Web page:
An endogenous growth model is developed to
explore the effect of work and income sharing (WIS) on economic growth and
welfare in a developing rural economy. The practice of WIS is a mechanism which
converts incremental diversity of risk into volatility reduction and overall
welfare gain. However, the effect on economic growth is sector specific. WIS in
the intermediate goods sector has a pro-growth effect through higher investment
returns while in the agricultural sector it has an anti-growth effect through
lower precautionary savings. WIS also decreases the level of regional government
subsidies needed to achieve the optimal growth rate.
Pray. C.E. and Fuglie, K.O. (2001) Private Investment in Agricultural Research and International Technology Transfer in Asia. Agricultural Economics Report No. 805, US Department of Agriculture, Washington DC.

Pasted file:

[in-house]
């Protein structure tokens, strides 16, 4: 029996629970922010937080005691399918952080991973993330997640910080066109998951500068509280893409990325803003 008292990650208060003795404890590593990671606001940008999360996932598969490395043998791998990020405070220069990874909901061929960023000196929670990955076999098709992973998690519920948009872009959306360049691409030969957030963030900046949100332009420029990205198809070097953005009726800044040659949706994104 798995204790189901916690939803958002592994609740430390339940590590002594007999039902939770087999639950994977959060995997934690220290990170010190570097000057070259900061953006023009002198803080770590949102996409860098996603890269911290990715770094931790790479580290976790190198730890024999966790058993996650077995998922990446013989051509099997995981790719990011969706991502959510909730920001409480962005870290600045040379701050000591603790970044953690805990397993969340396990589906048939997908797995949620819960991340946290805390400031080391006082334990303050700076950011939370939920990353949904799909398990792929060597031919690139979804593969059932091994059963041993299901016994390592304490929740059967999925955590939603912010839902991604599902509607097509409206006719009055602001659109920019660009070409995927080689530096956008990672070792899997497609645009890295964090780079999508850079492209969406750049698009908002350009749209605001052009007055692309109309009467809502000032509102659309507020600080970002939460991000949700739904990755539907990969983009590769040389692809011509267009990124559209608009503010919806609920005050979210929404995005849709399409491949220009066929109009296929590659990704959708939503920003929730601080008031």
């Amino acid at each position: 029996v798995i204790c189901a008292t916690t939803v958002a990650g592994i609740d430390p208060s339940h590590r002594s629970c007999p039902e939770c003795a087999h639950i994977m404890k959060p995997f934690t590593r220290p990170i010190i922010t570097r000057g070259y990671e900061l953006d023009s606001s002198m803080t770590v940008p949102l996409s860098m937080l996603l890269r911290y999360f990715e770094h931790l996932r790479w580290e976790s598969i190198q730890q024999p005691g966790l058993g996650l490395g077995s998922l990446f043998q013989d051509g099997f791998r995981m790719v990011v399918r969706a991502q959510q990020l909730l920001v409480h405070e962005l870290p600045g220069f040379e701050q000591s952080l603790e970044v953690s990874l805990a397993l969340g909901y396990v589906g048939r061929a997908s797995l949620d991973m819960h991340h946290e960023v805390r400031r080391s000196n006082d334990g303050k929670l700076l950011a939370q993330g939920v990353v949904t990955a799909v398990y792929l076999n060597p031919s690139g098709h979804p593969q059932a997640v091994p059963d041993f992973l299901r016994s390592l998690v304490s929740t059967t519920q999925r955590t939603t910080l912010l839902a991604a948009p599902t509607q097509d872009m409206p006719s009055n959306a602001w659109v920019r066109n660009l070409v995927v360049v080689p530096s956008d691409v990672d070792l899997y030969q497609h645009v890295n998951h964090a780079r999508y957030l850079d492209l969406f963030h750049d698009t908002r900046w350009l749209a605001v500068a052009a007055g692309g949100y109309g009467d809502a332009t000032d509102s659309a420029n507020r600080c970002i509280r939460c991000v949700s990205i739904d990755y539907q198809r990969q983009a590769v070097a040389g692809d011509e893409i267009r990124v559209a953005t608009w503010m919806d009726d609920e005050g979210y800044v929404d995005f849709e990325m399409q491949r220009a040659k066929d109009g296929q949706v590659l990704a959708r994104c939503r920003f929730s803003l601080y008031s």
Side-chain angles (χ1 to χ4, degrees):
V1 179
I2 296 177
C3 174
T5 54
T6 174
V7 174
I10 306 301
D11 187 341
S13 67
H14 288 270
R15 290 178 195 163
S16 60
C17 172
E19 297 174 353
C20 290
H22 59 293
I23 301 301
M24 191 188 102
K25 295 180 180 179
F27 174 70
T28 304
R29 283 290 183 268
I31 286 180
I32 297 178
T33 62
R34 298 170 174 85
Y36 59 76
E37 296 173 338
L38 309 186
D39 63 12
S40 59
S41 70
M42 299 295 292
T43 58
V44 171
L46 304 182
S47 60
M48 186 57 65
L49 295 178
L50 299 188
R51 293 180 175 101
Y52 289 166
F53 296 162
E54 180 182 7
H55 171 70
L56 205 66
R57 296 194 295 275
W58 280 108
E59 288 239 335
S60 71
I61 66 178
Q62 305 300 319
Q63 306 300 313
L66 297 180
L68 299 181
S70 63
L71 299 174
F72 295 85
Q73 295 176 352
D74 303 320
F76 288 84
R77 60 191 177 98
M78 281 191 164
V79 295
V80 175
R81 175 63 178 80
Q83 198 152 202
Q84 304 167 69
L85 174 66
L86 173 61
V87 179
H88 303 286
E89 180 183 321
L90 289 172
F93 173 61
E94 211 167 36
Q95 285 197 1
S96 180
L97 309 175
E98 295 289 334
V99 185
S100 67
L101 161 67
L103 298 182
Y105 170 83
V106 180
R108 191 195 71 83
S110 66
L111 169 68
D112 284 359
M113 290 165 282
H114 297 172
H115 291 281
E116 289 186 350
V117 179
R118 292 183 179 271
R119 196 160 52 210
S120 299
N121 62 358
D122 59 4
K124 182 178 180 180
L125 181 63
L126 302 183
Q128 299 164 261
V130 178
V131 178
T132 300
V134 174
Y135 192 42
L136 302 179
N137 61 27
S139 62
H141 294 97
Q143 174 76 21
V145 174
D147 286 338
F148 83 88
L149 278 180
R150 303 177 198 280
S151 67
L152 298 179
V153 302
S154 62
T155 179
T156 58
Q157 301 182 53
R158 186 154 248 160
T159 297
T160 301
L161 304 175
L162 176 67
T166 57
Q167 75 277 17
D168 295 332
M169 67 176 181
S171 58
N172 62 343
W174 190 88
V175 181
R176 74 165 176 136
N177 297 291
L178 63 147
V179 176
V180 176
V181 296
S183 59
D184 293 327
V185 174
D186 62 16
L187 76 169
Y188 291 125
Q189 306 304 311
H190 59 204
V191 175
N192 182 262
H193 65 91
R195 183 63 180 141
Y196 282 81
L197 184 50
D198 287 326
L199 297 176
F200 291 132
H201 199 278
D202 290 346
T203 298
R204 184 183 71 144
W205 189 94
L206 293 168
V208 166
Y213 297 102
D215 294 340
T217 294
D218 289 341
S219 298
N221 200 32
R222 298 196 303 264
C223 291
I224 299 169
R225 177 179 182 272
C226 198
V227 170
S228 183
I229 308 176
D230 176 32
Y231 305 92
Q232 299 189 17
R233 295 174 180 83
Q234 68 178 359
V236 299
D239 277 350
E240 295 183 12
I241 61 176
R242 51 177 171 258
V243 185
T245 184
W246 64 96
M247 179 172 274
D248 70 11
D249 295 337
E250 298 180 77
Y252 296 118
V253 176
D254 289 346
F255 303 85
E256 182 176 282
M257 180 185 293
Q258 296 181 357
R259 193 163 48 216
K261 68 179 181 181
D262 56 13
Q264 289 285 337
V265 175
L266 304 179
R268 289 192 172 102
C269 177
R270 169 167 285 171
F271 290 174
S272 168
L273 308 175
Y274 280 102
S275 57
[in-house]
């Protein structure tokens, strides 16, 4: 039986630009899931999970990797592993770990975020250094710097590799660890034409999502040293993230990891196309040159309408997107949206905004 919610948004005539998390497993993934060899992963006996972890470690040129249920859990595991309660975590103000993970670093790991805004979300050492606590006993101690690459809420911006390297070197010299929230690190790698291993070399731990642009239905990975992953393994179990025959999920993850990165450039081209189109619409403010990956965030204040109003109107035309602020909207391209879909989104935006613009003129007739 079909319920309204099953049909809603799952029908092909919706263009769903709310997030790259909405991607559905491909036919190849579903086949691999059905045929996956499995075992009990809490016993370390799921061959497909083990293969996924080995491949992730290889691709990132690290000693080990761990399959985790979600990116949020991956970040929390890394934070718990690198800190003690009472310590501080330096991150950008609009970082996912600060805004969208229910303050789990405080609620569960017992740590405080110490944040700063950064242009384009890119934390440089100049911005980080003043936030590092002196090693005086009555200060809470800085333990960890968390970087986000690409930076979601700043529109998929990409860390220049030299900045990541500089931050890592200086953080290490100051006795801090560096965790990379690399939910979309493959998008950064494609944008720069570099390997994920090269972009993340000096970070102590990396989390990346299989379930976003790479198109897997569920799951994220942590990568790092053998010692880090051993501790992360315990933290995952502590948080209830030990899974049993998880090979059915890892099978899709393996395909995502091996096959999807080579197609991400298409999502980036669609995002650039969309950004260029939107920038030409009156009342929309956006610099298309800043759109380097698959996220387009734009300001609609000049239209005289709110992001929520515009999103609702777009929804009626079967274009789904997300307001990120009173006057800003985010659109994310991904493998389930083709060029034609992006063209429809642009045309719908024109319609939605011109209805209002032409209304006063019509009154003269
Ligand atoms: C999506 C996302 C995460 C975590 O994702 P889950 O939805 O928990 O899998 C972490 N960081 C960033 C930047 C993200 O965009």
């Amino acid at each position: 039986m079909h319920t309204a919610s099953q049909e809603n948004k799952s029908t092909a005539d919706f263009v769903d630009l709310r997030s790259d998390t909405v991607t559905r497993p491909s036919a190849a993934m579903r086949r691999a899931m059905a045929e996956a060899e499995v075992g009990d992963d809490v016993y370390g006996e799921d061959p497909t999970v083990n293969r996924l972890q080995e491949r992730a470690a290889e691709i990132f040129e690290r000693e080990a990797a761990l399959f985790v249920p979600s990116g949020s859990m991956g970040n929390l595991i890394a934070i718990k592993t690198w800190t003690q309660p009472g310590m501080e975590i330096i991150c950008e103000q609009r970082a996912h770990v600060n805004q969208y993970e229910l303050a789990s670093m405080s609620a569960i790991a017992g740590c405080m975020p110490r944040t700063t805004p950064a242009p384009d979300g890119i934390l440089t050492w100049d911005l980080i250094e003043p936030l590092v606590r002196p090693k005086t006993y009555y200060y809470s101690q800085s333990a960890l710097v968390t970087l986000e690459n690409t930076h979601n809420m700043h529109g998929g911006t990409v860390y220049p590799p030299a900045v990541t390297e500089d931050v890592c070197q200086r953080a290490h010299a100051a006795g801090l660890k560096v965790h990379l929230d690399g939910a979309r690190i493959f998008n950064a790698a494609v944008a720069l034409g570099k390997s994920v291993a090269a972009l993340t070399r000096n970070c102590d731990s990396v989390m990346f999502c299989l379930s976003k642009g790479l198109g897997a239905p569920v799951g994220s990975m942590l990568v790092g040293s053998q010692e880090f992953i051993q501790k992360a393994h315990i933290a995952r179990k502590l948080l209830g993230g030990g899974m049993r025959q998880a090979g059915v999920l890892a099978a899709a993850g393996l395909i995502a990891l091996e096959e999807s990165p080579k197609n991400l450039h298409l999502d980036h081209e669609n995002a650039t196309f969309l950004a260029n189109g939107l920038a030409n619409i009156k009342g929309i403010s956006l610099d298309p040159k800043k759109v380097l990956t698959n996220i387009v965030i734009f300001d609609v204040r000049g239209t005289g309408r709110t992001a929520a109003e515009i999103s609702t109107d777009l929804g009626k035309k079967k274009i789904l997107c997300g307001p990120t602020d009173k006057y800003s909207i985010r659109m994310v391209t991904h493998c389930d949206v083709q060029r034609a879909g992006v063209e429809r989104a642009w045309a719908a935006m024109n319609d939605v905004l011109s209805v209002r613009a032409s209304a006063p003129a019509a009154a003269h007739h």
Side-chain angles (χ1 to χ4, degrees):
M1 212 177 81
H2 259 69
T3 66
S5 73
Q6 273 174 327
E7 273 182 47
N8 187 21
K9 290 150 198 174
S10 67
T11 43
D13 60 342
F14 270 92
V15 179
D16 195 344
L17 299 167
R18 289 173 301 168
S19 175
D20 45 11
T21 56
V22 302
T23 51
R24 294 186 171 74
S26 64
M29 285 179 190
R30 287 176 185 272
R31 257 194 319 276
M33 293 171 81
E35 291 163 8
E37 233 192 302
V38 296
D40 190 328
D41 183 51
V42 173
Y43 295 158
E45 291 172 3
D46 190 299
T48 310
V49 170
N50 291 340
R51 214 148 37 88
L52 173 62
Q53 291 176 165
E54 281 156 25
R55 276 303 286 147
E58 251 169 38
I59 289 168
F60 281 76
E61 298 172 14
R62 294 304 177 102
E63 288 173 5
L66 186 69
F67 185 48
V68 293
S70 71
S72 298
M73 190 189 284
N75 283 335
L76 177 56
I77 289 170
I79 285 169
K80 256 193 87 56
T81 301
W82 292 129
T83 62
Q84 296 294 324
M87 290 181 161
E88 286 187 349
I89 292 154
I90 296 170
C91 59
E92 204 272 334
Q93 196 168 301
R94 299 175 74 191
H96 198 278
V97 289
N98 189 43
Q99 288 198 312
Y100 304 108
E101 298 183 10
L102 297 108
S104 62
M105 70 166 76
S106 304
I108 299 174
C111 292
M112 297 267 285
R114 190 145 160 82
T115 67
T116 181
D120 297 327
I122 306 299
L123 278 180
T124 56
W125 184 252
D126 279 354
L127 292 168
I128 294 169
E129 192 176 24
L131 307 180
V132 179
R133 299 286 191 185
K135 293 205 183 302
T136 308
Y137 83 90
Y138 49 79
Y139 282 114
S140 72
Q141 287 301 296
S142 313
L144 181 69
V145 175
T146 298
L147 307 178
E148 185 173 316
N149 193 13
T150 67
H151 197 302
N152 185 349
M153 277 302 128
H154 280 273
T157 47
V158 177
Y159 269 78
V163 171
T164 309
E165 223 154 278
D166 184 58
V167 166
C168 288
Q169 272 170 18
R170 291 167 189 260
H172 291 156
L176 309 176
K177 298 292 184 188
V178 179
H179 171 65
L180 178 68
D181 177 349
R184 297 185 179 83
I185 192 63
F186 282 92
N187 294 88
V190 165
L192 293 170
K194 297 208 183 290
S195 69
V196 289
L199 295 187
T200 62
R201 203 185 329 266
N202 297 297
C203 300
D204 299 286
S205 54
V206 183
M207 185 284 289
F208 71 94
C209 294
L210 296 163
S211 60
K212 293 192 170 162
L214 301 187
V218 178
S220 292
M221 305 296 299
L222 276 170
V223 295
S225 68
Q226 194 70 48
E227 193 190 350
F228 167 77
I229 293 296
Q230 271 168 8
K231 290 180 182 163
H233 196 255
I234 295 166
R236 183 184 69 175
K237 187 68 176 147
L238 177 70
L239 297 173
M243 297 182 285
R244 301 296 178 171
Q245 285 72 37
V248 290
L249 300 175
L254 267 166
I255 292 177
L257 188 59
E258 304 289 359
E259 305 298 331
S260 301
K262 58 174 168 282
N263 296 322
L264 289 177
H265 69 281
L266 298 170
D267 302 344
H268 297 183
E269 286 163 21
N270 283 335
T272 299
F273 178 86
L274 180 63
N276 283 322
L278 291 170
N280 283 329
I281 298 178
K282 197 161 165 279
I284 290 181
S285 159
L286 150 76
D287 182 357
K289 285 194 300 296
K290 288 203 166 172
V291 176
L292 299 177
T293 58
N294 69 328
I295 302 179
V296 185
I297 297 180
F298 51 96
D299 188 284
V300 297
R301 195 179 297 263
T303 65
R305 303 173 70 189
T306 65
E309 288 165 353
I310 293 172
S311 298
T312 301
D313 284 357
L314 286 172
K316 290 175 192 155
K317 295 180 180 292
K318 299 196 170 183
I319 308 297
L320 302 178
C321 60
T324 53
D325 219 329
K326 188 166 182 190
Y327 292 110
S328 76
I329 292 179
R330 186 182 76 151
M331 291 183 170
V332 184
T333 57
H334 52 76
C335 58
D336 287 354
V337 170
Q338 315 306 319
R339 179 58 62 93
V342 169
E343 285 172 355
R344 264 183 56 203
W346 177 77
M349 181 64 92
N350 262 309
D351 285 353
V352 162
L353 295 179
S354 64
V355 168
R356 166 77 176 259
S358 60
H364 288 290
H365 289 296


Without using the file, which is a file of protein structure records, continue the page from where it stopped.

Vargas-Lundius, R. and Lanly, G. (2007) Migration and Rural Employment. Proceedings of the Round Table on Migration and Rural Employment in Conjunction with the Thirtieth Session of IFAD’s Governing Council, February 2007.
Spielman, D.J. and Von Grebmer, K. (2004) Public-Private Partnerships in Agricultural Research: An Analysis of Challenges Facing Industry and the Consultative Group on International Agricultural Research. Environment and Production Technology Division Discussion Paper No. 113, International Food Policy Research Institute, Washington DC.